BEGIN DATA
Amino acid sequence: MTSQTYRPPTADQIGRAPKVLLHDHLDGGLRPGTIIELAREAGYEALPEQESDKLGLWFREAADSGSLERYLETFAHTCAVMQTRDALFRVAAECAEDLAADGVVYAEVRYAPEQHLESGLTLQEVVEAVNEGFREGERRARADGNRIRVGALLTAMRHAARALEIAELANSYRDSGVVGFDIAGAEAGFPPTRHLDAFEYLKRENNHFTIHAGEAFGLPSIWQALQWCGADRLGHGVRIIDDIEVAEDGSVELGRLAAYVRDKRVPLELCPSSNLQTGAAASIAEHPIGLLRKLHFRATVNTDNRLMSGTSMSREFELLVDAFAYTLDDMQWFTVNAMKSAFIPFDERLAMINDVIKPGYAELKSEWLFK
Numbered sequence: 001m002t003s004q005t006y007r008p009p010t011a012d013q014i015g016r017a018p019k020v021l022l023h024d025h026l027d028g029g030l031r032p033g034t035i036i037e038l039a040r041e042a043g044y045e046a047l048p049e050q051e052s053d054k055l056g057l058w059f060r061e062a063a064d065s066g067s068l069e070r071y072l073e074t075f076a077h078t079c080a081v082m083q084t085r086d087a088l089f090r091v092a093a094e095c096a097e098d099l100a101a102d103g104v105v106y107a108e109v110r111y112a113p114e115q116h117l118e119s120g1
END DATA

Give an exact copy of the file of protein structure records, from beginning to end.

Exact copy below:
Amino acid sequence: MTSQTYRPPTADQIGRAPKVLLHDHLDGGLRPGTIIELAREAGYEALPEQESDKLGLWFREAADSGSLERYLETFAHTCAVMQTRDALFRVAAECAEDLAADGVVYAEVRYAPEQHLESGLTLQEVVEAVNEGFREGERRARADGNRIRVGALLTAMRHAARALEIAELANSYRDSGVVGFDIAGAEAGFPPTRHLDAFEYLKRENNHFTIHAGEAFGLPSIWQALQWCGADRLGHGVRIIDDIEVAEDGSVELGRLAAYVRDKRVPLELCPSSNLQTGAAASIAEHPIGLLRKLHFRATVNTDNRLMSGTSMSREFELLVDAFAYTLDDMQWFTVNAMKSAFIPFDERLAMINDVIKPGYAELKSEWLFK
Numbered sequence: 001m002t003s004q005t006y007r008p009p010t011a012d013q014i015g016r017a018p019k020v021l022l023h024d025h026l027d028g029g030l031r032p033g034t035i036i037e038l039a040r041e042a043g044y045e046a047l048p049e050q051e052s053d054k055l056g057l058w059f060r061e062a063a064d065s066g067s068l069e070r071y072l073e074t075f076a077h078t079c080a081v082m083q084t085r086d087a088l089f090r091v092a093a094e095c096a097e098d099l100a101a102d103g104v105v106y107a108e109v110r111y112a113p114e115q116h117l118e119s120g1